Diffuse mesenteric lipodystrophy (massive fat necrosis) in a cat

Australian Veterinary Journal
Y AydinS A Vural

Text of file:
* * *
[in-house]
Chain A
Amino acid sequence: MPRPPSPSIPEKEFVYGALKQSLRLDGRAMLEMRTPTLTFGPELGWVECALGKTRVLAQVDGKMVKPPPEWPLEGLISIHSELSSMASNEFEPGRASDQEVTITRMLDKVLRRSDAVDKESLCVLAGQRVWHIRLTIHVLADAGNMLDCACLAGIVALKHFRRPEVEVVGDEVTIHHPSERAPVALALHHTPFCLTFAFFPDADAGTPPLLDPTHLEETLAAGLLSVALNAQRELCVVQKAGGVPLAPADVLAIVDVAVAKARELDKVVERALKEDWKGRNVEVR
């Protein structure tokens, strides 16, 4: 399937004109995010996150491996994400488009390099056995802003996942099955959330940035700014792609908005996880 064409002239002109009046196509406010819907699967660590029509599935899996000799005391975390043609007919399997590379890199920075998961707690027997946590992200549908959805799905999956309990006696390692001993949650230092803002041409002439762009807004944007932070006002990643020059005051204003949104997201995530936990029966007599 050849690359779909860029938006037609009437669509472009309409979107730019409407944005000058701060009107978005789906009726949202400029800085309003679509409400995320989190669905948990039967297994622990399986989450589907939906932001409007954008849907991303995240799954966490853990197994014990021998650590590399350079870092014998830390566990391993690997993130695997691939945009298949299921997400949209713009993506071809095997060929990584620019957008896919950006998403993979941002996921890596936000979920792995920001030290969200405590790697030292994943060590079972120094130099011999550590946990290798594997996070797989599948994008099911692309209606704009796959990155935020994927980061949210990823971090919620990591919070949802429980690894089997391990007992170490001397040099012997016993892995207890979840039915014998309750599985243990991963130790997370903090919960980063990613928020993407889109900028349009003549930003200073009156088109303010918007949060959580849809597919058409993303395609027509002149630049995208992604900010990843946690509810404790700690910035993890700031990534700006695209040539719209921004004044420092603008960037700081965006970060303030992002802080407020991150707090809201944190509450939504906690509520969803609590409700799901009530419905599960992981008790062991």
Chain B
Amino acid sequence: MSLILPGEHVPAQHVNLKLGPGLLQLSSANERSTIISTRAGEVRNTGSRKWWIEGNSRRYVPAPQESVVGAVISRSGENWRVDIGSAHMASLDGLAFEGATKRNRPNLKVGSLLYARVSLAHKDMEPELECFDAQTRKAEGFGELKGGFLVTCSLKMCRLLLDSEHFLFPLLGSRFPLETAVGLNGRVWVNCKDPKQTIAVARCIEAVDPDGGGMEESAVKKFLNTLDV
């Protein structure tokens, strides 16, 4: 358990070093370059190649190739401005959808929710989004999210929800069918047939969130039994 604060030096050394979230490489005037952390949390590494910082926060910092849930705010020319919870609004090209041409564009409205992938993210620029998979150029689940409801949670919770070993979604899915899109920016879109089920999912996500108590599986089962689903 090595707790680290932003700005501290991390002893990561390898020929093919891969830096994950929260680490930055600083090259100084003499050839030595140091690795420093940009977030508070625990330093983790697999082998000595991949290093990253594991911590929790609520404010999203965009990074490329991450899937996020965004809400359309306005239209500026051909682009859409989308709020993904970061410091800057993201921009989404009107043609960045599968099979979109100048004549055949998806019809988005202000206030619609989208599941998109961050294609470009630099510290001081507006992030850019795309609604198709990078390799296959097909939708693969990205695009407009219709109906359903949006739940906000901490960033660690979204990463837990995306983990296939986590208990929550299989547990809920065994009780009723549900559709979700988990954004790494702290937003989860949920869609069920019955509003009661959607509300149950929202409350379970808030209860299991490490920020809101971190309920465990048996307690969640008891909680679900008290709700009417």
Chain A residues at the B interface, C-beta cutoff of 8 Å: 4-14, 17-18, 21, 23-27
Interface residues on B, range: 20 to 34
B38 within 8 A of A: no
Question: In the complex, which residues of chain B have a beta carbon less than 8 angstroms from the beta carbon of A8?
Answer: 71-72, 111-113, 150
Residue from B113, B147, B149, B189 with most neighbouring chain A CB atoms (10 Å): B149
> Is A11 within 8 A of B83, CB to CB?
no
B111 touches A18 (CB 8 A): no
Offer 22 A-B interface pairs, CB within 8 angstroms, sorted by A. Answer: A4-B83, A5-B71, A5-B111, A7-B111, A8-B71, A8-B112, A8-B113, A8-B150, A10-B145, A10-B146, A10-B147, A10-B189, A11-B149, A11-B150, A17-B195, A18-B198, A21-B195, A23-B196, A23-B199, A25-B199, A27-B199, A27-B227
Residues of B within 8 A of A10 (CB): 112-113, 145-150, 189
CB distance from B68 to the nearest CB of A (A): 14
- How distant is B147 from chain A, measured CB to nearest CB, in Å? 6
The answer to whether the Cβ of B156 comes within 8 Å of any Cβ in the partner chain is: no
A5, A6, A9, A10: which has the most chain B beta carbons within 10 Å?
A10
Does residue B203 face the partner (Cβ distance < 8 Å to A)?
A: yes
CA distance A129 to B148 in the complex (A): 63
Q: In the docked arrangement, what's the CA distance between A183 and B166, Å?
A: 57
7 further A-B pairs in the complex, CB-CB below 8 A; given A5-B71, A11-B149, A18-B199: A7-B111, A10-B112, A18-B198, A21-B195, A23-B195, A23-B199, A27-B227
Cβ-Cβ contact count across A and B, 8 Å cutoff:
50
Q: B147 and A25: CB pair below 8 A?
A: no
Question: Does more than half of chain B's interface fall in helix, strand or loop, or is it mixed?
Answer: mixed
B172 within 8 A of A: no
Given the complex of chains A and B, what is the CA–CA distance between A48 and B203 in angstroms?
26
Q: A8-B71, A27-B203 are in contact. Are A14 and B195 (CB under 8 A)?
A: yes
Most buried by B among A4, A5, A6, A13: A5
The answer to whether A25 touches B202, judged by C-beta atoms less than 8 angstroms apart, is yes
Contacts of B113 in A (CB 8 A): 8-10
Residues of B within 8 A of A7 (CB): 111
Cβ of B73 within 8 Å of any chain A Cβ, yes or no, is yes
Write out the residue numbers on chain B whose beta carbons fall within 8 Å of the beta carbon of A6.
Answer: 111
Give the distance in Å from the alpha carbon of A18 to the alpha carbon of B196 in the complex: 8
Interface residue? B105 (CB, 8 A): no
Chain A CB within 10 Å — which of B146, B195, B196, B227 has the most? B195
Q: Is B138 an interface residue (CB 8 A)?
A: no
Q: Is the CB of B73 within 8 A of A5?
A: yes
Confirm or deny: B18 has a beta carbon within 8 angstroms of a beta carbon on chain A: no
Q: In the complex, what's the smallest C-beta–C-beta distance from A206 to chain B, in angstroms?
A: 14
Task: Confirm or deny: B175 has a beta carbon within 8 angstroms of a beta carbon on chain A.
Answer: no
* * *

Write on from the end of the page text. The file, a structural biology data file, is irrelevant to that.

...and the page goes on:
Clinical, radiographic, and pathological findings of diffuse mesenteric lipodystrophy in a 3-year-old, female domestic short-haired cat are described. The animal had fallen from a height of approximately 20 metres 6 weeks previously, after which it developed respiratory distress and anorexia. The cat was thin, exhausted and had rapid, shallow, open-mouthed breathing. Serial upper gastrointestinal contrast radiographs showed a prolonged transit time of the contrast medium due to restricted gastric emptying, and filling defects of the duodenojejunal portions of the small intestines. The cranial abdominal cavity contained large, firm, white masses that adhered to most of the anterior abdominal organs. The intestinal walls were completely surrounded by large, hard, lobulated masses of lipomatous tissue. The masses were characterised histologically by extensive areas of coagulative necrosis of adipocytes containing foci of saponification. The lesions resembled those of massive fat necrosis or lipomatosis in cattle, pigs and deer.


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